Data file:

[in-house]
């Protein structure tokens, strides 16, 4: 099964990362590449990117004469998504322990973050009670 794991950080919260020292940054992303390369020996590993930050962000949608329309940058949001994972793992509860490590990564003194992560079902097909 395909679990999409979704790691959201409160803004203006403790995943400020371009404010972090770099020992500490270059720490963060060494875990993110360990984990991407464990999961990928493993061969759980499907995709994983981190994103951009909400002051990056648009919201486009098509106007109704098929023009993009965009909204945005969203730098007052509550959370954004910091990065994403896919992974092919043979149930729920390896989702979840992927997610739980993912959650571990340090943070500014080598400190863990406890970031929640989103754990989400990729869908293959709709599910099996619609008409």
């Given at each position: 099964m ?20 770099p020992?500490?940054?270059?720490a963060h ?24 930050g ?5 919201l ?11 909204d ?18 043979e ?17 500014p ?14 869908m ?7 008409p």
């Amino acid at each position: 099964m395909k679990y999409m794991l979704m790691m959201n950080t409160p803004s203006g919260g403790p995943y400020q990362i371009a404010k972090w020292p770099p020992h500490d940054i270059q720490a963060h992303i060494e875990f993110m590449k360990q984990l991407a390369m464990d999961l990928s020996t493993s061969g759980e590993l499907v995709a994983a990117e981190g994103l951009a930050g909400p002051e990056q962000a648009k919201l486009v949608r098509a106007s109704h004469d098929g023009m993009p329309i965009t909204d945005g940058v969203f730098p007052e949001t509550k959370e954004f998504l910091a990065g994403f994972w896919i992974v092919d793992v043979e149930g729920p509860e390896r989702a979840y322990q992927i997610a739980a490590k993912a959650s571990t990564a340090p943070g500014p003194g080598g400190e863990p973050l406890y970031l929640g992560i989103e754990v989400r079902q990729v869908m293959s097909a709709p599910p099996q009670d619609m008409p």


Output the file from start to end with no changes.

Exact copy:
[in-house]
């Protein structure tokens, strides 16, 4: 099964990362590449990117004469998504322990973050009670 794991950080919260020292940054992303390369020996590993930050962000949608329309940058949001994972793992509860490590990564003194992560079902097909 395909679990999409979704790691959201409160803004203006403790995943400020371009404010972090770099020992500490270059720490963060060494875990993110360990984990991407464990999961990928493993061969759980499907995709994983981190994103951009909400002051990056648009919201486009098509106007109704098929023009993009965009909204945005969203730098007052509550959370954004910091990065994403896919992974092919043979149930729920390896989702979840992927997610739980993912959650571990340090943070500014080598400190863990406890970031929640989103754990989400990729869908293959709709599910099996619609008409």
């Given at each position: 099964m ?20 770099p020992?500490?940054?270059?720490a963060h ?24 930050g ?5 919201l ?11 909204d ?18 043979e ?17 500014p ?14 869908m ?7 008409p």
């Amino acid at each position: 099964m395909k679990y999409m794991l979704m790691m959201n950080t409160p803004s203006g919260g403790p995943y400020q990362i371009a404010k972090w020292p770099p020992h500490d940054i270059q720490a963060h992303i060494e875990f993110m590449k360990q984990l991407a390369m464990d999961l990928s020996t493993s061969g759980e590993l499907v995709a994983a990117e981190g994103l951009a930050g909400p002051e990056q962000a648009k919201l486009v949608r098509a106007s109704h004469d098929g023009m993009p329309i965009t909204d945005g940058v969203f730098p007052e949001t509550k959370e954004f998504l910091a990065g994403f994972w896919i992974v092919d793992v043979e149930g729920p509860e390896r989702a979840y322990q992927i997610a739980a490590k993912a959650s571990t990564a340090p943070g500014p003194g080598g400190e863990p973050l406890y970031l929640g992560i989103e754990v989400r079902q990729v869908m293959s097909a709709p599910p099996q009670d619609m008409p």